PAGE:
FUMIO TAJIMA, The University of Texas Graduate School of Biomedical Sciences at Houston


With the aim of understanding the mechanism of molecular evolution, mathematical problems on the evolutionary change of DNA sequences are studied. The problems studied and the results obtained are as follows: (1) Estimation of evolutionary distance between nucleotide sequences. Studying the pattern of nucleotide substitution for the case of unequal substitution rates, a new mathematical formula for estimating the average number of nucleotide substitutions per site between two homologous DNA sequences is developed. It is shown that this formula has a wider applicability than currently available formulae. A statistical method for estimating the number of nucleotide changes due to deletion and insertion is also developed. (2) Biases of the estimates of nucleotide substitutions obtained by the restriction enzyme method. The deviation of the estimate of nucleotide substitutions obtained by the restriction enzyme method from the true value is investigated theoretically. It is shown that the amount of the deviation depends on the nucleotides in the recognition sequence of the restriction enzyme used, unequal rates of substitution among different nucleotides, and nucleotide frequences, but the primary factor is the unequal rates of nucleotide substitution. When many different kinds of enzymes are used, however, the amount of average deviation is generally small. (3) Distribution of restriction fragment lengths. To see the effect of undetectable restriction fragments and fragment differences on the estimate of nucleotide differences, the theoretical distribution of fragment lengths is studied. This distribution depends on the type of restriction enzymes used as well as on the relative frequencies of four nucleotides. It is shown that undetectability of small fragments or fragment differences gives a serious underestimate of nucleotide substitutions when the length-difference method of estimation is used, but the extent of underestimation is small when the site-difference method is used. (4) Evolutionary relationships of DNA sequences in finite populations. A mathematical theory on the expected evolutionary relationships among DNA sequences (nucleons) randomly chosen from the same or different populations is developed under the assumption that the evolutionary change of nucleons is determined solely by mutation and random genetic drift. . . . (Author's abstract exceeds stipulated maximum length. Discontinued here with permission of author). UMI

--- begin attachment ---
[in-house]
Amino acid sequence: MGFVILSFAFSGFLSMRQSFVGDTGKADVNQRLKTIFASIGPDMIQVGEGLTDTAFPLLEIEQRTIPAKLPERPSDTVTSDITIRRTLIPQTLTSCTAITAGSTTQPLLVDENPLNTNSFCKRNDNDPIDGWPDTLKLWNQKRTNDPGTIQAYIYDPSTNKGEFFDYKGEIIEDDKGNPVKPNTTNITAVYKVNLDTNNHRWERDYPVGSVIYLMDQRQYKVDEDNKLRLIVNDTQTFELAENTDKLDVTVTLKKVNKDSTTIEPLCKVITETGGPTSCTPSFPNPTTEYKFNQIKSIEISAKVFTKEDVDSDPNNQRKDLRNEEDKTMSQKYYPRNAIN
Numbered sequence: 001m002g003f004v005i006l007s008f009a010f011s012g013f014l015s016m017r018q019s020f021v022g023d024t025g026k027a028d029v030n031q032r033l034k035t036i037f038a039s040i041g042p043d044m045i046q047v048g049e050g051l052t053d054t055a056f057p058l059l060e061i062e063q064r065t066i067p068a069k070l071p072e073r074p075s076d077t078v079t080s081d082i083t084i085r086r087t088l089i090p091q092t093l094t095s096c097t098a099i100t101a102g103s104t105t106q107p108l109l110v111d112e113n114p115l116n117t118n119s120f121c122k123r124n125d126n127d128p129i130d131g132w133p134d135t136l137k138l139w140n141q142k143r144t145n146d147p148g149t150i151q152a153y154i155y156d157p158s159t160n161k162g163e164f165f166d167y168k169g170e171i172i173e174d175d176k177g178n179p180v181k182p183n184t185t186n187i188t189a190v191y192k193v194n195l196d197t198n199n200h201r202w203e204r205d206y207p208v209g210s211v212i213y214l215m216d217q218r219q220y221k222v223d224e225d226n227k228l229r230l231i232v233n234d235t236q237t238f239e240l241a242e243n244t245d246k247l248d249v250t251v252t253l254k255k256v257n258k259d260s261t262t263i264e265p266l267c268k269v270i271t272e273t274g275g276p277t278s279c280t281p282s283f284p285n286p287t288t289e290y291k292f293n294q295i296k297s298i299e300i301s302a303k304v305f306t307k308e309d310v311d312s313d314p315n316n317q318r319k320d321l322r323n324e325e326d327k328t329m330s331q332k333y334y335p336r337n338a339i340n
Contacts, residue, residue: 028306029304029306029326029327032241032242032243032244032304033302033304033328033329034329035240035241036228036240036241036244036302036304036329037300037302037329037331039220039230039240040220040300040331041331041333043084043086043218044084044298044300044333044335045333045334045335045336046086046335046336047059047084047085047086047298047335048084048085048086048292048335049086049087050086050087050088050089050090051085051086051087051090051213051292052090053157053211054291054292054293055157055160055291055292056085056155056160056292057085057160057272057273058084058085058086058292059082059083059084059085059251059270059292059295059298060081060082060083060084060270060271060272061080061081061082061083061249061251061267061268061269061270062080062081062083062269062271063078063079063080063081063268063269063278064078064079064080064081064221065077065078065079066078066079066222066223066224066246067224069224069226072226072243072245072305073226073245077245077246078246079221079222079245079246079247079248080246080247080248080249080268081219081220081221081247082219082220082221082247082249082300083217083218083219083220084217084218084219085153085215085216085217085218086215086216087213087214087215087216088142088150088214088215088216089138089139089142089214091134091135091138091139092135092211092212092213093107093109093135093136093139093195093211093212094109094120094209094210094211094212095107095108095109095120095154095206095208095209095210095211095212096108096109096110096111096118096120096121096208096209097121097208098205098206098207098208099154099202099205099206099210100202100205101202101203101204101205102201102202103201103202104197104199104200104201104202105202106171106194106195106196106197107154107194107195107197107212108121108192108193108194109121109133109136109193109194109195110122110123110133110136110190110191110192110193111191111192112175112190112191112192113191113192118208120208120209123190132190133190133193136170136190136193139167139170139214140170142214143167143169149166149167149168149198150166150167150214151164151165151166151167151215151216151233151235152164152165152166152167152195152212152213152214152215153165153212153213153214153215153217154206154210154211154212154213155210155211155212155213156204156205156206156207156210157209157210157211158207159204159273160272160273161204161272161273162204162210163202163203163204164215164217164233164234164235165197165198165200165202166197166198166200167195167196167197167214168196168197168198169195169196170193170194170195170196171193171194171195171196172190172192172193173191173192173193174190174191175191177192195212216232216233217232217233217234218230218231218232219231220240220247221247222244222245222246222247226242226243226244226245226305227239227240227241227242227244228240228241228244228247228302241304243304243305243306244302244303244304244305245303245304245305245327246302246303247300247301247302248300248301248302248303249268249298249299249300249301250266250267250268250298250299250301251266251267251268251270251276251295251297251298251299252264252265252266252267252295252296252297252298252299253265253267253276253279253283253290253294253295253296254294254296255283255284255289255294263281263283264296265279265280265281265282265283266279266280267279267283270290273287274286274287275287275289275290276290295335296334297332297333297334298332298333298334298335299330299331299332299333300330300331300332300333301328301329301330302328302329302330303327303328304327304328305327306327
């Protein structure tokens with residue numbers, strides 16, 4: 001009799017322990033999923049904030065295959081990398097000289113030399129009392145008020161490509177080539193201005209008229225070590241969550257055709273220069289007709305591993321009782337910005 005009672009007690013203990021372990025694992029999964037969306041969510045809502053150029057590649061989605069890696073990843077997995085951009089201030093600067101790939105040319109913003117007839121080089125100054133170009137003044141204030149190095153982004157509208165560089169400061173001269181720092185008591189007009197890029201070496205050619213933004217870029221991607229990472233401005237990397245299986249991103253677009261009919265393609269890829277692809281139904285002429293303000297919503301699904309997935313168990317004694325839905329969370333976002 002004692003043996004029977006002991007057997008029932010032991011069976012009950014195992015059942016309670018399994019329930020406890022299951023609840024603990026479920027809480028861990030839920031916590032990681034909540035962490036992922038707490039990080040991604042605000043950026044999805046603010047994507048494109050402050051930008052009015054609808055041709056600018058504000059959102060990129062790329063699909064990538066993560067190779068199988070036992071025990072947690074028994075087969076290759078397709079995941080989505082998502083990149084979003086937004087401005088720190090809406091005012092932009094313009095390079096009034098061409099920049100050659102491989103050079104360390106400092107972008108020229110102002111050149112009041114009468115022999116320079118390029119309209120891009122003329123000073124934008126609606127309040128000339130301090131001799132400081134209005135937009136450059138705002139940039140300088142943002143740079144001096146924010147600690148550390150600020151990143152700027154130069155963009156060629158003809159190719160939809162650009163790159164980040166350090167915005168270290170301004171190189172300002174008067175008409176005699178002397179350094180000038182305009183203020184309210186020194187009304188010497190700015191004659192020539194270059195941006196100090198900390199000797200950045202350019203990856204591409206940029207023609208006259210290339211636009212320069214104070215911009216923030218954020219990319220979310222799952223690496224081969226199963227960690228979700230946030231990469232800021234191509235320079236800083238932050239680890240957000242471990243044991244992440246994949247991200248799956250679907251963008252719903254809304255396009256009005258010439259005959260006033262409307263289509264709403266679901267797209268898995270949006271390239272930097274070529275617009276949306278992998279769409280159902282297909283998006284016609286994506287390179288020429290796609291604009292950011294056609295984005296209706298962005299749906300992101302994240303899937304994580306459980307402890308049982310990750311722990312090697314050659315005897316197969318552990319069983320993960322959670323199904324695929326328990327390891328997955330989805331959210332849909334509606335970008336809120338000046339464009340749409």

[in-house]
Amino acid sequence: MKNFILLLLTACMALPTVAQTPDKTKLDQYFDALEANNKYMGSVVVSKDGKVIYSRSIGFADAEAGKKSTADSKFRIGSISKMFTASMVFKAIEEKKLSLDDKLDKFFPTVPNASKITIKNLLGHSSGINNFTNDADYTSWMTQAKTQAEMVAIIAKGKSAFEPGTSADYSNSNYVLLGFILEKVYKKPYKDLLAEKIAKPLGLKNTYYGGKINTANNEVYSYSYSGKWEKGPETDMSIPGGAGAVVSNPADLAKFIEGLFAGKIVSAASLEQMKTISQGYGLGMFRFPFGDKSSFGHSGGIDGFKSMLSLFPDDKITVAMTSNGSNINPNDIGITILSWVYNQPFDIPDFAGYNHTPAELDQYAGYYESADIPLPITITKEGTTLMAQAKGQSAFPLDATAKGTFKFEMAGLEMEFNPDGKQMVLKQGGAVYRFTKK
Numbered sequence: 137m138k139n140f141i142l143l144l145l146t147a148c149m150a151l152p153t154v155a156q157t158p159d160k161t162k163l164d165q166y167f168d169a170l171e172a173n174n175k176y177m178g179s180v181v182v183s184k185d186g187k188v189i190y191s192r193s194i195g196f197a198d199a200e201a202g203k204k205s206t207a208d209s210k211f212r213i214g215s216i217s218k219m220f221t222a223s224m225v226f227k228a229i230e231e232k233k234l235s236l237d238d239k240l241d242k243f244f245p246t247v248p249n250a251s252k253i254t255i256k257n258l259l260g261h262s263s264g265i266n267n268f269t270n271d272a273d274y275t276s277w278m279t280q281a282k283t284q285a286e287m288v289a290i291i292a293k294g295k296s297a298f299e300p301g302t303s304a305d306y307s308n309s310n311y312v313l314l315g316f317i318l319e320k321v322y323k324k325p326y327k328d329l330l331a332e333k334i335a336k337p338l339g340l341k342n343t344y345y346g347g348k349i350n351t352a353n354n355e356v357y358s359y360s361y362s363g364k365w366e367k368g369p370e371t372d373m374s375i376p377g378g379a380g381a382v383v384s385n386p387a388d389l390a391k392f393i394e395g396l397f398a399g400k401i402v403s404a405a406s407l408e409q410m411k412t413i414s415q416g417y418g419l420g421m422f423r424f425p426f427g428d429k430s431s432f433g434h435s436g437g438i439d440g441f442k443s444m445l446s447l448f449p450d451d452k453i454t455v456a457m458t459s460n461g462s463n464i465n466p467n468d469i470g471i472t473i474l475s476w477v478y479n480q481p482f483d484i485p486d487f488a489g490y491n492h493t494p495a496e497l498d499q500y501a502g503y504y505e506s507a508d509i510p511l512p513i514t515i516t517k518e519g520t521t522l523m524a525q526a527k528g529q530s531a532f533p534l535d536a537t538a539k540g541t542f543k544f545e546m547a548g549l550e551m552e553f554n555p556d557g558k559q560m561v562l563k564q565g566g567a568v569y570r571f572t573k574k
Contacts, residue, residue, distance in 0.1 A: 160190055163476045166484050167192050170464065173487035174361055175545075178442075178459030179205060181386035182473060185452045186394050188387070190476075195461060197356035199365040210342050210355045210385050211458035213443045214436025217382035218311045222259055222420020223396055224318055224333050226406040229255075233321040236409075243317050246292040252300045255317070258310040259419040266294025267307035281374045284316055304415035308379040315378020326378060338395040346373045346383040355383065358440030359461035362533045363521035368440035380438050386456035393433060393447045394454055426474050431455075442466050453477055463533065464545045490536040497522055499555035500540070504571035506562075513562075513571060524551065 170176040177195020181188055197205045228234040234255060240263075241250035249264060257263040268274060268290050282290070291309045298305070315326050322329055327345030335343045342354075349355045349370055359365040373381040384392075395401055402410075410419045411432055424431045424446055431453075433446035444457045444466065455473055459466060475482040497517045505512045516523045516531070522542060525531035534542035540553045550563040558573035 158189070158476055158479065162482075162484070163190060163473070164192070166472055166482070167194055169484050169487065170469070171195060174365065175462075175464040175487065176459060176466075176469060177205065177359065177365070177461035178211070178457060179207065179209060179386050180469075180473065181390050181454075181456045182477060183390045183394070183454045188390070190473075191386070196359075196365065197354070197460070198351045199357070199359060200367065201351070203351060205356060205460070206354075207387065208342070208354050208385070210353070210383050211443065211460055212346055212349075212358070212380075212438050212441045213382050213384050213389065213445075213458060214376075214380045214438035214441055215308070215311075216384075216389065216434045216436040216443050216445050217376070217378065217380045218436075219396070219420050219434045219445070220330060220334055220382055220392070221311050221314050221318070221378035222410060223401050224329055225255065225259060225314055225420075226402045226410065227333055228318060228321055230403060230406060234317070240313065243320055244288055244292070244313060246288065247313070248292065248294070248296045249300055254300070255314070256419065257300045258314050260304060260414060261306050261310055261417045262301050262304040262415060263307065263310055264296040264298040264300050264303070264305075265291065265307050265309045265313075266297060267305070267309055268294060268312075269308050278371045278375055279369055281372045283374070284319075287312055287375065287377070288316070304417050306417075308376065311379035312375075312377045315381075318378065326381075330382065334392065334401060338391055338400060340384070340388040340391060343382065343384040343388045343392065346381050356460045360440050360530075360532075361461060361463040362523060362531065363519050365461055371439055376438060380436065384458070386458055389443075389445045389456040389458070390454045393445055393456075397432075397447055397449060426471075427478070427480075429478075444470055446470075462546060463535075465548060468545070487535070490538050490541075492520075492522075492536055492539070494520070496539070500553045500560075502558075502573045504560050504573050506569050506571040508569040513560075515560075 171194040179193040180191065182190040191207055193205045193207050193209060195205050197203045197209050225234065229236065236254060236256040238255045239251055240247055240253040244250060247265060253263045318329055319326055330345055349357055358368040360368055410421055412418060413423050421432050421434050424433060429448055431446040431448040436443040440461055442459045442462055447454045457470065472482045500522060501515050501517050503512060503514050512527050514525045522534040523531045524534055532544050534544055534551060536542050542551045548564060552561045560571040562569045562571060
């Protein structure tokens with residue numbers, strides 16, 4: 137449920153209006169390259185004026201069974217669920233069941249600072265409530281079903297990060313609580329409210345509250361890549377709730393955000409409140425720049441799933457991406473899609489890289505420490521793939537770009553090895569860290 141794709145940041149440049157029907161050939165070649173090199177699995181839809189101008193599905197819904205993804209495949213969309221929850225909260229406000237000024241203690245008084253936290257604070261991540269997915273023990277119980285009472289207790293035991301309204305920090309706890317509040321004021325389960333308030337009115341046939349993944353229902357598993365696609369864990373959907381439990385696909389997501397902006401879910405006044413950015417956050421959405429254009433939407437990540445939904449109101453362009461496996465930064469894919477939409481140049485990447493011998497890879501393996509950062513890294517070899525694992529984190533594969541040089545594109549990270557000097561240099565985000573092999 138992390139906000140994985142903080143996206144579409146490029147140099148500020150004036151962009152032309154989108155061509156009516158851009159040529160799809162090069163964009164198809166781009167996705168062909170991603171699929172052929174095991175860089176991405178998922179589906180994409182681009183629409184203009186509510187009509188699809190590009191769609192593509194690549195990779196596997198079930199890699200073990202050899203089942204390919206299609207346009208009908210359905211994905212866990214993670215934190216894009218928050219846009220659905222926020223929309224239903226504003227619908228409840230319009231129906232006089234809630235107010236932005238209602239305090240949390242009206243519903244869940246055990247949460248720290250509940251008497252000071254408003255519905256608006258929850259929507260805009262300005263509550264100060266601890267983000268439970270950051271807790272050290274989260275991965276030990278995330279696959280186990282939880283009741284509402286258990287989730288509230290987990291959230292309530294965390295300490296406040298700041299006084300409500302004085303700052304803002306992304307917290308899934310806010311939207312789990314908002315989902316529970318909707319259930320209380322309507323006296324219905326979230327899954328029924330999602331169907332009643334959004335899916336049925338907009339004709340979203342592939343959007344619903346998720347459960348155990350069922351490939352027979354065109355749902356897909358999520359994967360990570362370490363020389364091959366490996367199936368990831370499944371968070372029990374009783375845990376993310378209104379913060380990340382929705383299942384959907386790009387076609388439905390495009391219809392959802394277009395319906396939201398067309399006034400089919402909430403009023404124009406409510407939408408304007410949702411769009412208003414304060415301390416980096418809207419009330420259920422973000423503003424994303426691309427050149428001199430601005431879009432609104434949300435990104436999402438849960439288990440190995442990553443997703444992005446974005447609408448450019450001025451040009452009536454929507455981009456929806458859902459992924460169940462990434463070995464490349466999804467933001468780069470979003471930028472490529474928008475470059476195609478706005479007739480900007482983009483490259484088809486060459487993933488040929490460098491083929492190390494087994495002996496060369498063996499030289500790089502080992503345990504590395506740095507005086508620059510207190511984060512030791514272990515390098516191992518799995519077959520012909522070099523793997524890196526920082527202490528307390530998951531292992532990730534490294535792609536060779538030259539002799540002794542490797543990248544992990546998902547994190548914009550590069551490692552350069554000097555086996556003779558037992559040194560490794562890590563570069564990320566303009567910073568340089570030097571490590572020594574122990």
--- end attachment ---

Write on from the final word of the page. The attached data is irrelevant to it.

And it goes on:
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Recommended Citation

TAJIMA, FUMIO, "MATHEMATICAL STUDIES ON THE EVOLUTIONARY CHANGE OF DNA SEQUENCES" (1983). Texas Medical Center Dissertations (via ProQuest). AAI8405467.